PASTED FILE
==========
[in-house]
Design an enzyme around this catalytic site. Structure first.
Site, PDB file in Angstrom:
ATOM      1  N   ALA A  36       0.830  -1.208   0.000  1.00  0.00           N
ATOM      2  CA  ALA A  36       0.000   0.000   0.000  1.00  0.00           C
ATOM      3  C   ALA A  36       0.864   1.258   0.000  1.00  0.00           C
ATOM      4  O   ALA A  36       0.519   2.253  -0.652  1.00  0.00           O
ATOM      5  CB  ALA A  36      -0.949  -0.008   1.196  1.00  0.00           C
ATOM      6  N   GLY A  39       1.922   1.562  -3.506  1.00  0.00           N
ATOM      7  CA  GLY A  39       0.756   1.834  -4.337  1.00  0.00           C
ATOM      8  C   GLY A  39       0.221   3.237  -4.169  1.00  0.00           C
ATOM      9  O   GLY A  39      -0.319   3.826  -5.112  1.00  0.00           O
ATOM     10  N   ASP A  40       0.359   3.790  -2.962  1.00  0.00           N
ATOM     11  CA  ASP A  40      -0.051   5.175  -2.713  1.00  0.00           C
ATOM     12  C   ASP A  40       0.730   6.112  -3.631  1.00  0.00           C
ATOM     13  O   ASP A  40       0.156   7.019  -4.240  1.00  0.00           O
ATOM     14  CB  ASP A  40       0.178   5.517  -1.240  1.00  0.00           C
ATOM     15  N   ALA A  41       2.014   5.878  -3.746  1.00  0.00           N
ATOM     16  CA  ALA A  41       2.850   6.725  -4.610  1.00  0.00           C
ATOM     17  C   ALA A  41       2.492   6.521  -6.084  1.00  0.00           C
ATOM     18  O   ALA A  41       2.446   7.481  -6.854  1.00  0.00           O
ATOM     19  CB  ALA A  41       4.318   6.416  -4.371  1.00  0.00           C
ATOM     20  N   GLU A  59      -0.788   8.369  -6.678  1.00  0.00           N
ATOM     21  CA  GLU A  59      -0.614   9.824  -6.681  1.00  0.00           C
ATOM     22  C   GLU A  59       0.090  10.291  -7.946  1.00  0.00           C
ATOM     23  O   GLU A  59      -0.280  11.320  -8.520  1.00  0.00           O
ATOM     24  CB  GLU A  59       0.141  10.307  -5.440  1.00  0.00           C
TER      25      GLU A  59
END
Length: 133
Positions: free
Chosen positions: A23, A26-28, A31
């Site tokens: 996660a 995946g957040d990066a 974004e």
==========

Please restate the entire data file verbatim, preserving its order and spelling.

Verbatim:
[in-house]
Design an enzyme around this catalytic site. Structure first.
Site, PDB file in Angstrom:
ATOM      1  N   ALA A  36       0.830  -1.208   0.000  1.00  0.00           N
ATOM      2  CA  ALA A  36       0.000   0.000   0.000  1.00  0.00           C
ATOM      3  C   ALA A  36       0.864   1.258   0.000  1.00  0.00           C
ATOM      4  O   ALA A  36       0.519   2.253  -0.652  1.00  0.00           O
ATOM      5  CB  ALA A  36      -0.949  -0.008   1.196  1.00  0.00           C
ATOM      6  N   GLY A  39       1.922   1.562  -3.506  1.00  0.00           N
ATOM      7  CA  GLY A  39       0.756   1.834  -4.337  1.00  0.00           C
ATOM      8  C   GLY A  39       0.221   3.237  -4.169  1.00  0.00           C
ATOM      9  O   GLY A  39      -0.319   3.826  -5.112  1.00  0.00           O
ATOM     10  N   ASP A  40       0.359   3.790  -2.962  1.00  0.00           N
ATOM     11  CA  ASP A  40      -0.051   5.175  -2.713  1.00  0.00           C
ATOM     12  C   ASP A  40       0.730   6.112  -3.631  1.00  0.00           C
ATOM     13  O   ASP A  40       0.156   7.019  -4.240  1.00  0.00           O
ATOM     14  CB  ASP A  40       0.178   5.517  -1.240  1.00  0.00           C
ATOM     15  N   ALA A  41       2.014   5.878  -3.746  1.00  0.00           N
ATOM     16  CA  ALA A  41       2.850   6.725  -4.610  1.00  0.00           C
ATOM     17  C   ALA A  41       2.492   6.521  -6.084  1.00  0.00           C
ATOM     18  O   ALA A  41       2.446   7.481  -6.854  1.00  0.00           O
ATOM     19  CB  ALA A  41       4.318   6.416  -4.371  1.00  0.00           C
ATOM     20  N   GLU A  59      -0.788   8.369  -6.678  1.00  0.00           N
ATOM     21  CA  GLU A  59      -0.614   9.824  -6.681  1.00  0.00           C
ATOM     22  C   GLU A  59       0.090  10.291  -7.946  1.00  0.00           C
ATOM     23  O   GLU A  59      -0.280  11.320  -8.520  1.00  0.00           O
ATOM     24  CB  GLU A  59       0.141  10.307  -5.440  1.00  0.00           C
TER      25      GLU A  59
END
Length: 133
Positions: free
Chosen positions: A23, A26-28, A31
């Site tokens: 996660a 995946g957040d990066a 974004e």